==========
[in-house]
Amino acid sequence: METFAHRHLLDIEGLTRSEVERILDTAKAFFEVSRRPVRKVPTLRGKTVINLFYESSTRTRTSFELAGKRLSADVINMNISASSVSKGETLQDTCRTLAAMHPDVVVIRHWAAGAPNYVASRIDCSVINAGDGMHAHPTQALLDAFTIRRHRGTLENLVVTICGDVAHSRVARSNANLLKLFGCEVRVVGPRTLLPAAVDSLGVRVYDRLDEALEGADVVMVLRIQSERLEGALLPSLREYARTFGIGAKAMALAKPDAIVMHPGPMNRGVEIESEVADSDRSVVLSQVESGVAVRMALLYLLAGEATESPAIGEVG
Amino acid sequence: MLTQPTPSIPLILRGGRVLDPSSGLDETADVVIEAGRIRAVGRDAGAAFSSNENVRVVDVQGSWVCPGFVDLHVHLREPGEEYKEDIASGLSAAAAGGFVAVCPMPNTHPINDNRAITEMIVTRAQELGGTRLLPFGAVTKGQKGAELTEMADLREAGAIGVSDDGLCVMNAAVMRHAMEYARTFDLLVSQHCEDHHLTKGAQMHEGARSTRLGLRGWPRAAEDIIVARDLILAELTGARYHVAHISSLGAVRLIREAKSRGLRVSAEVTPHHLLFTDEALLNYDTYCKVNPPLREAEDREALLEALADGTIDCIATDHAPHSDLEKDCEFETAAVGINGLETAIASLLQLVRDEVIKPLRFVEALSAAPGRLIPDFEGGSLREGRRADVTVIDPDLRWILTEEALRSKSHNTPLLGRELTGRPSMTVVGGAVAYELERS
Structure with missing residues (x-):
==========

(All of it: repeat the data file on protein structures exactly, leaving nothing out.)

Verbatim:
[in-house]
Amino acid sequence: METFAHRHLLDIEGLTRSEVERILDTAKAFFEVSRRPVRKVPTLRGKTVINLFYESSTRTRTSFELAGKRLSADVINMNISASSVSKGETLQDTCRTLAAMHPDVVVIRHWAAGAPNYVASRIDCSVINAGDGMHAHPTQALLDAFTIRRHRGTLENLVVTICGDVAHSRVARSNANLLKLFGCEVRVVGPRTLLPAAVDSLGVRVYDRLDEALEGADVVMVLRIQSERLEGALLPSLREYARTFGIGAKAMALAKPDAIVMHPGPMNRGVEIESEVADSDRSVVLSQVESGVAVRMALLYLLAGEATESPAIGEVG
Amino acid sequence: MLTQPTPSIPLILRGGRVLDPSSGLDETADVVIEAGRIRAVGRDAGAAFSSNENVRVVDVQGSWVCPGFVDLHVHLREPGEEYKEDIASGLSAAAAGGFVAVCPMPNTHPINDNRAITEMIVTRAQELGGTRLLPFGAVTKGQKGAELTEMADLREAGAIGVSDDGLCVMNAAVMRHAMEYARTFDLLVSQHCEDHHLTKGAQMHEGARSTRLGLRGWPRAAEDIIVARDLILAELTGARYHVAHISSLGAVRLIREAKSRGLRVSAEVTPHHLLFTDEALLNYDTYCKVNPPLREAEDREALLEALADGTIDCIATDHAPHSDLEKDCEFETAAVGINGLETAIASLLQLVRDEVIKPLRFVEALSAAPGRLIPDFEGGSLREGRRADVTVIDPDLRWILTEEALRSKSHNTPLLGRELTGRPSMTVVGGAVAYELERS
Structure with missing residues (x-):